In the UK the realisation of the term became more widely recognised because Joey Deacon's appearance on Blue Peter presented a human face to Cerebral Palsy. This woke the nation up to the up to that point denial regarding the offence it had caused.[clarification needed] Historically people with moderate to severe disability could not access mainstream education and employment, reinforcing their status as outsiders to mainstream society and media. Without having a person in the media such as Joey, whose appearance on the BBC opened-up the debate around how people were excluded by society because of their conditions, and the subsequent recognition of the language that reinforced this, the term still occasionally appears in North American movies or TV series such as Friends. As such it receives a different reaction from British and American audiences. In one episode, Rachel refers to herself as a "laundry spaz" due to her inability to competently do the laundry which directly relates to the original meaning about physical ability.
This comment was deemed offensive enough by the British Board of Film Classification to give the episode a 12 rating. Other episodes in the series are rated a step lower at PG. Similarly, Rugrats: Tales From the Crib Snow White got a PG rating based on Angelica calling Kimi "Spazzy".
The difference in appreciation of the term between British and American audiences was highlighted by an incident with the golfer Tiger Woods; after losing the US Masters Tournament in 2006, he said, "I was so in control from tee to green, the best I've played for years... But as soon as I got on the green I was a spaz." His remarks were broadcast and drew no attention in America. But they were widely reported in the United Kingdom, where they caused offence and were condemned by a representative of Scope and Tanni Grey-Thompson, a prominent paralympian. On learning of the furore over his comments, Woods' representative promptly apologized.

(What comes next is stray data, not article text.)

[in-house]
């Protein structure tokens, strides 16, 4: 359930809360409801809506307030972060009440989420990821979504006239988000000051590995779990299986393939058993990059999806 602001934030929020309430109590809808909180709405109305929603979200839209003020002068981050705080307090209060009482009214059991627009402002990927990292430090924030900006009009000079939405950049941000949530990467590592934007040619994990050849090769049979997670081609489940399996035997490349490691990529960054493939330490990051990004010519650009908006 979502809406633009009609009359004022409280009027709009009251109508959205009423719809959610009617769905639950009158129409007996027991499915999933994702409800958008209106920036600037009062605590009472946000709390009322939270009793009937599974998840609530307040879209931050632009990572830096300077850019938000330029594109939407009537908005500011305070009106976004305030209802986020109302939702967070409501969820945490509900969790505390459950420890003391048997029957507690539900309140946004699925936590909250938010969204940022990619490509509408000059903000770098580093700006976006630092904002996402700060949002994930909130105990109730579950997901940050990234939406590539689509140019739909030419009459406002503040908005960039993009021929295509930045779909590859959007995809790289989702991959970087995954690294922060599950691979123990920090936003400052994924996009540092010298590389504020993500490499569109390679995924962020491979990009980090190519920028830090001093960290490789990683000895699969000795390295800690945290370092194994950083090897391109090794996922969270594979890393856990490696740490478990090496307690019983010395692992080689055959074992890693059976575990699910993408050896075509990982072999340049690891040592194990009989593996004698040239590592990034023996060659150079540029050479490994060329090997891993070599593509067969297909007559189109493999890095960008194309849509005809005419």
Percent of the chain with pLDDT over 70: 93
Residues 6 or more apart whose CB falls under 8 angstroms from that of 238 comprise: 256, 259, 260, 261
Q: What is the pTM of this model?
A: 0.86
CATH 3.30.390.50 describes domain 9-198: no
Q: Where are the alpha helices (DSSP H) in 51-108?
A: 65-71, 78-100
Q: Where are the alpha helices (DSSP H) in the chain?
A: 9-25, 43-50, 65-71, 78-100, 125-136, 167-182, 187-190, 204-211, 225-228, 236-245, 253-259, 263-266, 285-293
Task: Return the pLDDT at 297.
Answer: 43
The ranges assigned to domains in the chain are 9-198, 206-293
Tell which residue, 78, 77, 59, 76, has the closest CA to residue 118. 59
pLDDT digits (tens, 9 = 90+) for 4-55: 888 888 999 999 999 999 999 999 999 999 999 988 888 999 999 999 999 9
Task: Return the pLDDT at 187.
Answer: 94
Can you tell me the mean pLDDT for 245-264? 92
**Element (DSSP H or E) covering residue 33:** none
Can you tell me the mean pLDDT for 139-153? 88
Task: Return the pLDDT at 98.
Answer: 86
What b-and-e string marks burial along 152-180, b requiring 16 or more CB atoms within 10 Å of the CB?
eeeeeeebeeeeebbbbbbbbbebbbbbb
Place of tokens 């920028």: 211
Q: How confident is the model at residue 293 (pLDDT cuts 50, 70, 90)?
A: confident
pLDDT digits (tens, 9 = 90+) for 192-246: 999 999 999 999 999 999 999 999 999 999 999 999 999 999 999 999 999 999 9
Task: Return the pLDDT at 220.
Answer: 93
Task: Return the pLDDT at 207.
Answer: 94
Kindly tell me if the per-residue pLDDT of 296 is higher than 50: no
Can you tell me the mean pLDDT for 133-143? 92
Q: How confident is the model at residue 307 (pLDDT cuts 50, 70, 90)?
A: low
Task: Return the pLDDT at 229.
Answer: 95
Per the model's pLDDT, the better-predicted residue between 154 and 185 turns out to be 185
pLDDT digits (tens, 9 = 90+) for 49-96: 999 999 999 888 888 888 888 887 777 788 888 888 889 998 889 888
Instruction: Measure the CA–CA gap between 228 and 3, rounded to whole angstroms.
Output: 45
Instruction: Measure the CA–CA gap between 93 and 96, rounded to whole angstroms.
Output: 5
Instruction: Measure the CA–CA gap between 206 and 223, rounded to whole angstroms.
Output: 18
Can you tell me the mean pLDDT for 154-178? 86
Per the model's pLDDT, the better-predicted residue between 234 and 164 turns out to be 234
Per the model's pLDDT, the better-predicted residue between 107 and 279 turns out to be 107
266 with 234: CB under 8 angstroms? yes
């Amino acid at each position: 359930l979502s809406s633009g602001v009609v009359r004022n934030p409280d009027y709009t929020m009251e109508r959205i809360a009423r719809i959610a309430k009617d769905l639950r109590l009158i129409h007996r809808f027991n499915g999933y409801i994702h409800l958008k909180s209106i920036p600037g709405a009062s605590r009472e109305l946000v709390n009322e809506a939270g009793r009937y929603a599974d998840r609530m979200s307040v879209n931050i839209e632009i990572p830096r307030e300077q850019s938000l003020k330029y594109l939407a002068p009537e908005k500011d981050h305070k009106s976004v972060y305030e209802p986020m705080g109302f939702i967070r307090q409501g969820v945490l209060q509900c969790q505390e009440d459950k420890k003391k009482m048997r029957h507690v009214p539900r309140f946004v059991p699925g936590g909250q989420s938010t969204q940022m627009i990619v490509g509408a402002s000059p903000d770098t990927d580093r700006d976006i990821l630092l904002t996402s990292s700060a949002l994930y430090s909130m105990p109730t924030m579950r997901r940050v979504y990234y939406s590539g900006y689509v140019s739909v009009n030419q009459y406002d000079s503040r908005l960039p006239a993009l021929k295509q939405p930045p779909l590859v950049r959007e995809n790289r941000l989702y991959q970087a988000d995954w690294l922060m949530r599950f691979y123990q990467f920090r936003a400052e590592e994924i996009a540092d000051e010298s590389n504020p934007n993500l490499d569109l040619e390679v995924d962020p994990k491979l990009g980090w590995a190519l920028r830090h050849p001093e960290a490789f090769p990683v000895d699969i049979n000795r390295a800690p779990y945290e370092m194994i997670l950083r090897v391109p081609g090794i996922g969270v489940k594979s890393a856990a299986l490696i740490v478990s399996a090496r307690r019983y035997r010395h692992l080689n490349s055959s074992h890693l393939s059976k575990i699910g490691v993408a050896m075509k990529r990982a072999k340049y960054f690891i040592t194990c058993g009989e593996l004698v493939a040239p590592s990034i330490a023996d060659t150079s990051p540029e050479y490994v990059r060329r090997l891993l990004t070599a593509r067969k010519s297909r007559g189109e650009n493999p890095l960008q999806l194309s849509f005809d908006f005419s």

Tiger Woods use of the term along with its use in shows like Friends still reference difficulty in completing physical tasks calling into question Pauline Kael and Benjamin Zimmer's hypothesis that the meaning of the term had changed. This is further reinforced through social media where the term is most often used in reference to involuntary or uncoordinated movement, or uncontrolled outbursts. The term is usually used in phrases such as, "spazzed" or "spazzing out", where as in its shortened form "spaz" it has extended to include learning or communication disabilities, which affect some people with cerebral palsy, or cognitive conditions such as autism as it can be used to describe some one appearing 'stupid' or behaving is an unusual way.
In Australian English, for some time, terms such as "spastic" and "crippled" were considered the proper words to describe persons with various disabilities and even appeared on traffic signs warning drivers of such persons near the road. More recently these terms have fallen out of use and replaced with the more socially acceptable and generic "disabled".
Multiple products in America use the word Spaz as part of their name.
Controversy arises if products are sold in the UK under the same name. In particular the manufacturers and importers of the Spazz wheelchair were criticised by the British charity Scope when they put the wheelchair on sale in the UK. Scope expressed a fear that the usage of the word as an insult would increase again, after a steady decline since the 1980s.
An energy drink is called "Spaz Juice" and has a slogan, "all the energy you need to annoy everybody else."
The Transformers Power Core Combiners line of robot toys was to include a character named "Spastic". Hasbro, the makers of Transformers, said that it would not release "Spastic" in the UK. This did not stop vocal British fans from alerting various news outlets, eventually resulting in the name being changed for all markets to the less-offensive "Over-Run." The online biography for another Transformer, Strafe, described him as "spastic" in early releases, but when the controversy erupted about the word, they changed the word to "twitchy."
On June 29, 2007, Ubisoft of France pulled one of their games called Mind Quiz: Your Brain Coach, for referring to players who did not perform well at the game as "Super Spastic". The company stated "As soon as we were made aware of the issue we stopped distribution of the product and are now working with retailers to pull the game off the market." One of the playable characters, a brother of eponymous main character, in Jazz Jackrabbit game series (introduced in Jazz Jackrabbit 2) is named "Spaz". Similarly, Nintendo recalled Mario Party 8 in the UK after releasing a version containing the line "turn the train spastic" in its dialogue.